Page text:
Commit 0469f905 authored by Mike Hibler's avatar Mike Hibler

Preliminary man pages for imagezip tools.

parent 424d948e
.\"
.\" EMULAB-COPYRIGHT
.\" Copyright (c) 2000-2003 University of Utah and the Flux Group.
.\" All rights reserved.
.\"
.Dd January 9, 2003
.Dt IMAGEDUMP 8
.Os
.Sh NAME
.Nm imagedump
.Nd dump information about an imagezip compressed image file
.Sh SYNOPSIS
.Nm
.Op Fl dv
.Ar imagefile ...
.Sh DESCRIPTION
The
.Nm
utility can be used to view information about
.Xr imagezip
created image files.
With no options,
.Nm
prints a summary for each image file specified. This summary includes:
the size of the image file, the size of the resulting uncompressed data,
the compression factor achieved on allocated data (due to
.Xr zlib Ns
),
the overall compression factor (due to smart filesystem aware compression and
.Xr zlib Ns
),
and the amount of overhead and wasted space in the image file
(due to the way in which compressed data is chunked in the image file).
.Pp
One or more
.Fl d
options can be specified to dump various levels of structure within the
image file.
.Pp
The
.Fl v
option prints version information about
.Nm
itself.
.Sh DIAGNOSTICS
The
.Nm
utility will exit with a status of zero if it successfully parses and
dumps all the listed image files.
It will exit non-zero if there is any error.
.Sh SEE ALSO
.Xr imagezip 8 ,
.Xr imageunzip 8 ,
.Xr zlib 3
.Sh HISTORY
The
.Nm
utility is part of the Netbed software (www.netbed.org).
.Sh BUGS
The
.Xr imagedump
image format needs to be documented.
.\"
.\" EMULAB-COPYRIGHT
.\" Copyright (c) 2000-2003 University of Utah and the Flux Group.
.\" All rights reserved.
.\"
.Dd January 9, 2003
.Dt IMAGEUNZIP 8
.Os
.Sh NAME
.Nm imageunzip
.Nd restore a compressed image created by imagezip
.Sh SYNOPSIS
.Nm
.Op Fl dnovz
.Op Fl D Ar DOS-ptype
.Op Fl p Ar pattern
.Op Fl s Ar slice
.Ar image
.Op outfile
.Sh DESCRIPTION
The
.Nm
utility is used to restore a compressed image of a complete disk or
single DOS partition that was created by
.Xr imagezip .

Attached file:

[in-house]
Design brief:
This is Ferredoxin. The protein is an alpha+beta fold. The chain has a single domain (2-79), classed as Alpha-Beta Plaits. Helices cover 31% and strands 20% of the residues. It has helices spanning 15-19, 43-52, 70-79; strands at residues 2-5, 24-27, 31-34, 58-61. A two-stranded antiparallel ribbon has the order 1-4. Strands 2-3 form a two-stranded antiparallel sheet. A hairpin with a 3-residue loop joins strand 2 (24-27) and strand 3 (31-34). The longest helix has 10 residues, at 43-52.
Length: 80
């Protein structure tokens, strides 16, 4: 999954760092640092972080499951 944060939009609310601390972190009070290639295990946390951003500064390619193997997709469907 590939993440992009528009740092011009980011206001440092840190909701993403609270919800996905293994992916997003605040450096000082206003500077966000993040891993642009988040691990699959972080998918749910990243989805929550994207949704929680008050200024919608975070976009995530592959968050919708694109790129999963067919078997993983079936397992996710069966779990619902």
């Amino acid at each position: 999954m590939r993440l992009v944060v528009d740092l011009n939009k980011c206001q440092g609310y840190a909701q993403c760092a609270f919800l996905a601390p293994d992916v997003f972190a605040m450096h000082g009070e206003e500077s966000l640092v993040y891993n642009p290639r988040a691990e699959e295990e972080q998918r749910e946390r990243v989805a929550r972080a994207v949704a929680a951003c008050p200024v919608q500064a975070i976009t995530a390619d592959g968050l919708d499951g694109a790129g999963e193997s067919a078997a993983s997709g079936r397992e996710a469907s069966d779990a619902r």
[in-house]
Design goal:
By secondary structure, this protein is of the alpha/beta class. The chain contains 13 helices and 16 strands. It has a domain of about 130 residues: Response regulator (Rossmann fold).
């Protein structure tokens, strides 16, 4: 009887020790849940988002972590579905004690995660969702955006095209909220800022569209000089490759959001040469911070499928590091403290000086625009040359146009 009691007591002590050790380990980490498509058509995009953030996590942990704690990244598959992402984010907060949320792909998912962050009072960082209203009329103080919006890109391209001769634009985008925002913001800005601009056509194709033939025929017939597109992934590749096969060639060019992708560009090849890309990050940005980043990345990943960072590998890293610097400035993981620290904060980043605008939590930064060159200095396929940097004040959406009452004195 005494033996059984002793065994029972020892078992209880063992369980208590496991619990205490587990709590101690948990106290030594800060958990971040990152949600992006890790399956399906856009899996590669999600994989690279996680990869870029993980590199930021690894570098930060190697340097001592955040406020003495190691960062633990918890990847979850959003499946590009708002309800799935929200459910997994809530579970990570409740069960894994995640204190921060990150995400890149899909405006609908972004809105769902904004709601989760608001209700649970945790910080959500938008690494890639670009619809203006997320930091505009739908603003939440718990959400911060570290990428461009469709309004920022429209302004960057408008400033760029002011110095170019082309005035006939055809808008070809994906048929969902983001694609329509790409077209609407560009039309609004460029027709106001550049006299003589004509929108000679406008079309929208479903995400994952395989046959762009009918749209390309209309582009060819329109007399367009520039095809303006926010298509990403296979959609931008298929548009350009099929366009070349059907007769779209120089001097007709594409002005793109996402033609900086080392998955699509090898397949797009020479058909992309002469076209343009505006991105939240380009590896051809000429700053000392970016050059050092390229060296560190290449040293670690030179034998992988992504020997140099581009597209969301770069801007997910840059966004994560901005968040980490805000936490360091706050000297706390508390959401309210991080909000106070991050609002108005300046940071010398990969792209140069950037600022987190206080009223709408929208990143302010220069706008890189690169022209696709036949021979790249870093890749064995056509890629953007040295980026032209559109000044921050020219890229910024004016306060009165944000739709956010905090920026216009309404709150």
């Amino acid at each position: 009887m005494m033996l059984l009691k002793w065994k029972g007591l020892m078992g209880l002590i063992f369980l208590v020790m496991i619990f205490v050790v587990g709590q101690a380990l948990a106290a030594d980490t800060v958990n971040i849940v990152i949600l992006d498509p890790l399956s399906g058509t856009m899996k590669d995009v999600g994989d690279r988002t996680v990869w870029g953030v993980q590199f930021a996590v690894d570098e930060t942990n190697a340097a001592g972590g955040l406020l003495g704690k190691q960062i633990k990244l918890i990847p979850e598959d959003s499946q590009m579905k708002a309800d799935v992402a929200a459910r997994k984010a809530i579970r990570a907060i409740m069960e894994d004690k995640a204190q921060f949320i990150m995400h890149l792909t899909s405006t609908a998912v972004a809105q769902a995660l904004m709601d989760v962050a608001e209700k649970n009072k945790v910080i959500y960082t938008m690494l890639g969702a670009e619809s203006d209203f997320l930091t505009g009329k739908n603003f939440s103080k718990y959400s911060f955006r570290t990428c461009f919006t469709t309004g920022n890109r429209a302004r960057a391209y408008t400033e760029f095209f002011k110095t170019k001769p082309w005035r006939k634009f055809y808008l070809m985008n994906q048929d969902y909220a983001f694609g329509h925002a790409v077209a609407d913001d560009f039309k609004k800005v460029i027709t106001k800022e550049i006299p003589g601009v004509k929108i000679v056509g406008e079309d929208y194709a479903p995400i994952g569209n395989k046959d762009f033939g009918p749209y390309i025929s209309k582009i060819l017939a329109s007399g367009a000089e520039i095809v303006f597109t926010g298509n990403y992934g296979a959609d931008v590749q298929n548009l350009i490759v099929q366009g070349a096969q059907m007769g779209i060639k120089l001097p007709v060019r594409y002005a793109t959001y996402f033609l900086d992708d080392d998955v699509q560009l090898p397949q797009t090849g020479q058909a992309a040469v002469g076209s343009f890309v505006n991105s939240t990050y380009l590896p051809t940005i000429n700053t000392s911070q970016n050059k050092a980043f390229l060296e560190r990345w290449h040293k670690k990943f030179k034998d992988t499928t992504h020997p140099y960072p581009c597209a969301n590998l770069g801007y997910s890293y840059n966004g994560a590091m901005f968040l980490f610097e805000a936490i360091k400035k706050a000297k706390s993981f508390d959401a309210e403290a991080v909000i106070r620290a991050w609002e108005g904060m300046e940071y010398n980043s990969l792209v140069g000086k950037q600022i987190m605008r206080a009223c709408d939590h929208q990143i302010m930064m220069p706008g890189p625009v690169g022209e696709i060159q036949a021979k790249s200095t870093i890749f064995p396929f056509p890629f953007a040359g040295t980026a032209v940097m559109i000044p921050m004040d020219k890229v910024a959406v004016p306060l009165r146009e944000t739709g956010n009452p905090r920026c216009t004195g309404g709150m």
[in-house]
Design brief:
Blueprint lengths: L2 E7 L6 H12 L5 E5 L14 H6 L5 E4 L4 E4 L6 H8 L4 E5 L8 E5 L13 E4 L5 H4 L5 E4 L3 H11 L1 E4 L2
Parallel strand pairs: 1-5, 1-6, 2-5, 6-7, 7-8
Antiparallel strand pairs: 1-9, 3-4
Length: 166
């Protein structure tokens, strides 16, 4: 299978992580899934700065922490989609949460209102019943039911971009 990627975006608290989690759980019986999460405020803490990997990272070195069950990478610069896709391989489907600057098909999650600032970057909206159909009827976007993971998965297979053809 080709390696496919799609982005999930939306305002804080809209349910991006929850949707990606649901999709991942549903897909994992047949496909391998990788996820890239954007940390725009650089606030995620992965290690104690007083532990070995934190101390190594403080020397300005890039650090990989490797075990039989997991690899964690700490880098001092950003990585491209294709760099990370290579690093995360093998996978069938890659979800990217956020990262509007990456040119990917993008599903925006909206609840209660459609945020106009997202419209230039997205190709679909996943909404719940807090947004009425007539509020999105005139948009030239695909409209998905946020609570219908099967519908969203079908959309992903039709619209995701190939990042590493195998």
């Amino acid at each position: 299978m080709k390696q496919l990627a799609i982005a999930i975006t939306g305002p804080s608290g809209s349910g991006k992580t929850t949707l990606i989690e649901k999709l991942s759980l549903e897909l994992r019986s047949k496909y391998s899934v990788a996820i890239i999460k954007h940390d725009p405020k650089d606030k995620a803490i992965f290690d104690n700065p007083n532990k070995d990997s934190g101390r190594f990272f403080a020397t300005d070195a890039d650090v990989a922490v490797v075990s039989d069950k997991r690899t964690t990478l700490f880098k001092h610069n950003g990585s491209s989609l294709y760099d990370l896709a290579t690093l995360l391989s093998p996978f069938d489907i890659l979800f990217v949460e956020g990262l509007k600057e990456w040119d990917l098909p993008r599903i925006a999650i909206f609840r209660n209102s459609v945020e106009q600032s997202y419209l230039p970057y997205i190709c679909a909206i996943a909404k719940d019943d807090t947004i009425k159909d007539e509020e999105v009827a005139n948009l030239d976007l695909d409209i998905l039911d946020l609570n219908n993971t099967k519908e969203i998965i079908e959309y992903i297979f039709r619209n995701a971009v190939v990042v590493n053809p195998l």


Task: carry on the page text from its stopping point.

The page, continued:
Unlike
.Xr imagezip ,
.Nm
has no special knowledge of filesystem types.
It merely reads compressed data from the image, decompresses it,
and writes it to the appropriate location in
.Ar outfile .
.Pp
Since
.Xr imagezip
created image files may contain just the location of free blocks and
not their data,
.Nm
must recreate those blocks' data in some way.
The conservative strategy, specified by using the
.Fl z
option, is to write zeros (or a pattern indicated by the
.Fl p
option) to the appropriate location in the output file.
A more efficient strategy is to do nothing for new free blocks,
leaving whatever was at the target location in the output file.
This allows
.Nm
to simply skip over long ranges of free blocks, speeding the restoration
process enormously.
This is the default strategy unless the output file is not seekable.
A potentially security concern with the skip strategy is that data can
.Dq leak
through from the previous use of the
.Ar outfile
to the new use. If this is an issue, use
.Fl z
to ensure that all blocks in
.Ar outfile
are overwritten.
.Pp
See the
.Xr imagezip
man page for more details on disk images and their creation.
.Pp
To further optimize the image restoration process,
writing of the image to the output file is done is a separate thread
from reading and uncompressing. This allows overlap of uncompression and IO.
The
.Fl n
option can be used to disable this feature.
.Pp
Command line arguments are:
.Bl -tag -width "outfile"
.It image
The
.Xr imagezip
created image file. If
.Ar image
is '-', the image is read from
.Va stdin .
.It outfile
The output file for the expanded image. If not specified,
.Va stdout
is used.
.El
.Pp
Recognized options are:
.Bl -tag -width indent
.It Fl D Ar DOS-ptype
In slice mode, after successful restoration of the image,
change the DOS partition type of the slice indicated by the
.Fl s
option to the numeric value